The New York Times has a story today about Dick Metcalf, a longtime columnist for Guns & Ammo and host of a TV show about firearms who's lost his television and magazine jobs after suggesting, in an October column, that some gun regulations are necessary.
Metcalf seems hurt by his banishment, and somewhat stunned:
"I've been vanished, disappeared," Mr. Metcalf, 67, said in an interview last month on his gun range here, about 100 miles north of St. Louis, surrounded by snow-blanketed fields and towering grain elevators. "Now you see him. Now you don't."I'm not sure why Metcalf is surprised -- as a man who (in the words of the Times) "has devoted nearly his entire adult life" to the gun industry, doesn't he realize that gunners have been doing this for years and years?
... Mr. Metcalf said he invited a reporter to his home because he despairs that the debate over gun policy in America is so bitterly polarized and dominated by extreme voices. He says he is still contemplating how a self-described "Second Amendment fundamentalist" who keeps a .38 snub-nose Smith & Wesson revolver within easy reach has been ostracized from his community.
"Compromise is a bad word these days," he said. "People think it means giving up your principles."
I've written many times about the gunner boycott of Smith & Wesson, which began in 2000, after the company worked out an agreement with the Clinton administration to alter some of its distribution and manufacturing practices. The boycott lasted until 2003, by which time the company had been sold at a loss (and had agreed not to abide by the Clinton-era restraints). The gunners played hardball, and Simth & Wesson was forced to blink.
I've also written about Reed Exhibitions, which announced that it wouldn't allow the display of assault weapons at a gun show it ran just after the Newtown massacre; much of the gun community boycotted the show, and Reed eventually lost the right to run the SHOT Show, America's biggest annual gun show in America. Reed lost the SHOT Show only a few months before Metcalf wrote his column -- could he possibly have been surprised that the community turned on him the way it turned on Smith & Wesson and Reed?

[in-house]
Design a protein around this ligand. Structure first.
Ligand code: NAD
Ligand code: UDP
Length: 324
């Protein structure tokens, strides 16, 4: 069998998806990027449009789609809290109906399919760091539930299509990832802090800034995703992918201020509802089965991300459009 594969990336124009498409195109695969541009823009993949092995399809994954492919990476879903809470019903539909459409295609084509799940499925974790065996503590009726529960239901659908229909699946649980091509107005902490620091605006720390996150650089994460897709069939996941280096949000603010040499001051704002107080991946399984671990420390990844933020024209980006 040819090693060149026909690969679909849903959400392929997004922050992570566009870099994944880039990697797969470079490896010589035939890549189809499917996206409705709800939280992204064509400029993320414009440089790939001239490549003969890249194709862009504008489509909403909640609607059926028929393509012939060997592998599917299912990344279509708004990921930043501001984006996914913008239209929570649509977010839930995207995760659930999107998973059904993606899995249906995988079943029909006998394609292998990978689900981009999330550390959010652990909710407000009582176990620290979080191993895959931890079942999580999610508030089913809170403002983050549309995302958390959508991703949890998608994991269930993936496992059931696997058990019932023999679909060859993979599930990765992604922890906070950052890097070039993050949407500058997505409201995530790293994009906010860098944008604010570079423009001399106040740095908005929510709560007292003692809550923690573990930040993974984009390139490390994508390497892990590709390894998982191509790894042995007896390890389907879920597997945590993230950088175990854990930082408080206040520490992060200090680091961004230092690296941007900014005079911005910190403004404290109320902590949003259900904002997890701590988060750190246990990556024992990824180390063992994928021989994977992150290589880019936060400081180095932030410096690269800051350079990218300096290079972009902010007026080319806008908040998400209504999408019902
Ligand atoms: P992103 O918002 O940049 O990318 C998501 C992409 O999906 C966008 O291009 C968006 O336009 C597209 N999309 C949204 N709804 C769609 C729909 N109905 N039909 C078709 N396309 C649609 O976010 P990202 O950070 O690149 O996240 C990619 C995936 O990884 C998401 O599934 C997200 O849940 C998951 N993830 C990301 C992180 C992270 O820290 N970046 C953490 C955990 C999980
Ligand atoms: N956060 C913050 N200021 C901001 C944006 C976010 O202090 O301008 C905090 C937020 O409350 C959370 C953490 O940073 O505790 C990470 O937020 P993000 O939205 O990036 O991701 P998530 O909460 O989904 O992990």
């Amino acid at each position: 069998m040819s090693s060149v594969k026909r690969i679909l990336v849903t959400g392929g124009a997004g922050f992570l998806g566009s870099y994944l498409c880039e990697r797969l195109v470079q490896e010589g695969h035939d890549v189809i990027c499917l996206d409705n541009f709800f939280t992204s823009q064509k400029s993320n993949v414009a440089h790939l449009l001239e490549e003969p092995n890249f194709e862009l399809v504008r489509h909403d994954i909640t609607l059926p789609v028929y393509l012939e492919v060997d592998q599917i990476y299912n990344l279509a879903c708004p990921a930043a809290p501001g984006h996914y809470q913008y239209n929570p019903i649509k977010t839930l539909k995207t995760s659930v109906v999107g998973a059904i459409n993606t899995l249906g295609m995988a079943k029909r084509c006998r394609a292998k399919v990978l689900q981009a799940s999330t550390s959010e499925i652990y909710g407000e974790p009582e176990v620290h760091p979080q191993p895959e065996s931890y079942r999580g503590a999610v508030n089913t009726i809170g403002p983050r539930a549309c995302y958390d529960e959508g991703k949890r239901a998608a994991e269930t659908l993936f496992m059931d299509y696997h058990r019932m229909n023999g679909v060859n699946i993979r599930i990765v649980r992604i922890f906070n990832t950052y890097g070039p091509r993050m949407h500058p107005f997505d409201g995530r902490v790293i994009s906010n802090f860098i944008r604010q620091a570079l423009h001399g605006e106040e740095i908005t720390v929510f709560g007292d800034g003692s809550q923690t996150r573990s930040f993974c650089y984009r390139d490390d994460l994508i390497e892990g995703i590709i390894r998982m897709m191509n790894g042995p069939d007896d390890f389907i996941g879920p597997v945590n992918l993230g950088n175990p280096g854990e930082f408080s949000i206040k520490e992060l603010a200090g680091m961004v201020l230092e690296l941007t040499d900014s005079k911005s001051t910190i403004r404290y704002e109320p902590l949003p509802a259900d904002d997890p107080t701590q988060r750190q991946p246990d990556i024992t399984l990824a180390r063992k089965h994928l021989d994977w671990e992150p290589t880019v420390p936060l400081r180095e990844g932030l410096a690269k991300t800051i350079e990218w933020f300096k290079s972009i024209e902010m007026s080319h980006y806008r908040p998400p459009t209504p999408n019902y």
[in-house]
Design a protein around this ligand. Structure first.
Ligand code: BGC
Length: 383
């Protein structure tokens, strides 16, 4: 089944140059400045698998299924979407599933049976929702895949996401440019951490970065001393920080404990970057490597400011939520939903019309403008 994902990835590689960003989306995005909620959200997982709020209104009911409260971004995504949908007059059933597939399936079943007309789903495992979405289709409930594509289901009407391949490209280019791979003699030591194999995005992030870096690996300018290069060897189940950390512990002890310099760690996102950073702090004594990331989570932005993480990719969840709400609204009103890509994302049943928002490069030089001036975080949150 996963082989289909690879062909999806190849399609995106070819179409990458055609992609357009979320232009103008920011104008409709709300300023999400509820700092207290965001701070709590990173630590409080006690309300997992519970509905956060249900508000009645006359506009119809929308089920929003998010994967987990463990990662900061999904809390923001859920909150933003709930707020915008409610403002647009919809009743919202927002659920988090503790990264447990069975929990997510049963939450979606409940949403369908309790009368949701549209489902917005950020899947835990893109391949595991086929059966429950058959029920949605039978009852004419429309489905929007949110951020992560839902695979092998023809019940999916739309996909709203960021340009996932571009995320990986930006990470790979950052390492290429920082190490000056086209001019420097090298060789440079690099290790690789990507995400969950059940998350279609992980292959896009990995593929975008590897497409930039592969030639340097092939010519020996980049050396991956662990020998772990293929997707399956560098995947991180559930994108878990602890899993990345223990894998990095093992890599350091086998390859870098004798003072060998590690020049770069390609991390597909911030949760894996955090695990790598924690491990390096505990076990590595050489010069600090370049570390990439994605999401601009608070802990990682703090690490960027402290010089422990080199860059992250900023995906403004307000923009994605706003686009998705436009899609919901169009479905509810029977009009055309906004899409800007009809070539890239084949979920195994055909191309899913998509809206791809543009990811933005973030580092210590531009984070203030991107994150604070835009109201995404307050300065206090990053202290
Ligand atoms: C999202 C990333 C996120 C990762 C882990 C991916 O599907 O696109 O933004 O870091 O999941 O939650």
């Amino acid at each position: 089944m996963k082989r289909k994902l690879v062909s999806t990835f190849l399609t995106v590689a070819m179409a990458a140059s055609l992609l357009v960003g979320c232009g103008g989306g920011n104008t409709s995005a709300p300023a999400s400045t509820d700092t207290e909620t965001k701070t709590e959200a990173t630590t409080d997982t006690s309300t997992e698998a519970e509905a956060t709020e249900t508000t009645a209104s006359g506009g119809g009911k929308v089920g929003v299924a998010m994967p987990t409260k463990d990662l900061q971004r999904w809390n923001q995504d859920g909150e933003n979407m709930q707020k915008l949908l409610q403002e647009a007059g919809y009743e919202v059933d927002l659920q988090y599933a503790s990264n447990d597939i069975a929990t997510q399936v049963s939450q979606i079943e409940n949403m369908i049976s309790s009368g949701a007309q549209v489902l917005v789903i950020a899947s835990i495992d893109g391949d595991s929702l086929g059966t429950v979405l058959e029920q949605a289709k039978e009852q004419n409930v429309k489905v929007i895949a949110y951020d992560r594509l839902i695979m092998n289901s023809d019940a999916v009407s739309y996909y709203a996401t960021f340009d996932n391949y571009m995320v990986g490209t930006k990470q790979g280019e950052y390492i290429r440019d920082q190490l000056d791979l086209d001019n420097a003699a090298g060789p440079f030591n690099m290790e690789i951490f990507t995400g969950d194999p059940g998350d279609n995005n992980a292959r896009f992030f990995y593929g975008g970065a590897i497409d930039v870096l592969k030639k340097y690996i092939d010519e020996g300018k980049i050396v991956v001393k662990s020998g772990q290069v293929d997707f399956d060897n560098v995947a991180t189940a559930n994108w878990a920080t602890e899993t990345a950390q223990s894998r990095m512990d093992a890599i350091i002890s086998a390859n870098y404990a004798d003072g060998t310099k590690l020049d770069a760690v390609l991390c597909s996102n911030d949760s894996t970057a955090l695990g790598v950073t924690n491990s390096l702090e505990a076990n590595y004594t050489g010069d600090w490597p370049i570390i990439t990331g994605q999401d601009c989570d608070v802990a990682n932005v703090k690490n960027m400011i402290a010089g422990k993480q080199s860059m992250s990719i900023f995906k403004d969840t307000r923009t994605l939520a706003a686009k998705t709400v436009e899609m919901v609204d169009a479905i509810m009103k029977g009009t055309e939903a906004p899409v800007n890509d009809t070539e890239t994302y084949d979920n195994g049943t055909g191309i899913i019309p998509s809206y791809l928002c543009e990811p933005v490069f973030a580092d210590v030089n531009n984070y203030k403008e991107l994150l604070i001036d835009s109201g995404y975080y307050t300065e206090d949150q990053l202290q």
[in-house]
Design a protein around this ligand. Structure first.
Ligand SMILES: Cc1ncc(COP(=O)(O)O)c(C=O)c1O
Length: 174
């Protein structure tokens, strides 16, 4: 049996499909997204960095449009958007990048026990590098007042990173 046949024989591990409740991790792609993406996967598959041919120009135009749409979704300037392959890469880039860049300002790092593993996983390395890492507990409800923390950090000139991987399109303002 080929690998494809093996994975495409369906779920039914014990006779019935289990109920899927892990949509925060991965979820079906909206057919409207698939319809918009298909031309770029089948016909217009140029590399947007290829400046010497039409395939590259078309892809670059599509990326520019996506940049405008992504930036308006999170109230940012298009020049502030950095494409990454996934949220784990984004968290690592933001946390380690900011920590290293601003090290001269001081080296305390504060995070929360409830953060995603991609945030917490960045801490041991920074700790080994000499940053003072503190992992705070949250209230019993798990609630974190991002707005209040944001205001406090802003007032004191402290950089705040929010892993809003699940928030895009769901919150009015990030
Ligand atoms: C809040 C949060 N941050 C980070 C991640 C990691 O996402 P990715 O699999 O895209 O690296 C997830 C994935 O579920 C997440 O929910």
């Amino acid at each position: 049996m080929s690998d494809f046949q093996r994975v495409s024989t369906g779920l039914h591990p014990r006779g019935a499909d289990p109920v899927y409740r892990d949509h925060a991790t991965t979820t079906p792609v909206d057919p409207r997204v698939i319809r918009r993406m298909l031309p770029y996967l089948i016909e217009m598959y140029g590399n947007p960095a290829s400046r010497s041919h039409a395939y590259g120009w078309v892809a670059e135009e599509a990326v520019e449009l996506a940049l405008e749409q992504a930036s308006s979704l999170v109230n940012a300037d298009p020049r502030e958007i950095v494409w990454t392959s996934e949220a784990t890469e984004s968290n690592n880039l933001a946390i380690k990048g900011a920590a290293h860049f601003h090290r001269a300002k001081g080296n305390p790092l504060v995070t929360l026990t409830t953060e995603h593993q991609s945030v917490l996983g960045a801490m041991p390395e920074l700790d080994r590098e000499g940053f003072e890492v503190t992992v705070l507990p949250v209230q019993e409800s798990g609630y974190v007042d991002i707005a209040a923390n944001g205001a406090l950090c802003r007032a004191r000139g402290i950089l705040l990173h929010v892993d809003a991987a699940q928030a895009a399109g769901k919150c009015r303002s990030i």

But I blame the gun-buying public. It's clear from polls that support for at least some gun restrictions is widespread even among gun owners -- but the gun community sees itself as embroiled in a culture war with supporters of gun control, and supporters of wars really don't get upset at any harm that comes to anyone if it can be justified as part of the path to victory.
Still, you'd think some of these people would actually read Metcalf if he were published elsewhere -- which makes me think that maybe some publication outside the closed gun community ought to pick Metcalf's column up. Isn't that how the Internet is supposed to work? We get our news and opinions from a wide variety of sources? So why not gun news and opinions, too?
Maybe Metcalf should be hired by Vice, or BuzzFeed, or Reason? They don't rely on gun advertising, and maybe they'd broaden their readership and strike a blow for diversity of opinion in the gun world. Or maybe Pierre Omidyar ought to start a gun column in that new media venture he's starting for Glenn Greenwald and his pals.
Or, well, if this response to the Metcalf story isn't snark....
This is outrageous and unhealthy and conservatives and Second Amendment advocates should find it chilling: http://t.co/rqBvXbC7HZ— Charles C. W. Cooke (@charlescwcooke) January 5, 2014
... then maybe Cooke's own National Review Online ought to pick Metcalf up. It would be like William F. Buckley taking on the Birchers back in the day, y'know?
Nahhh, forget it. It'll never happen.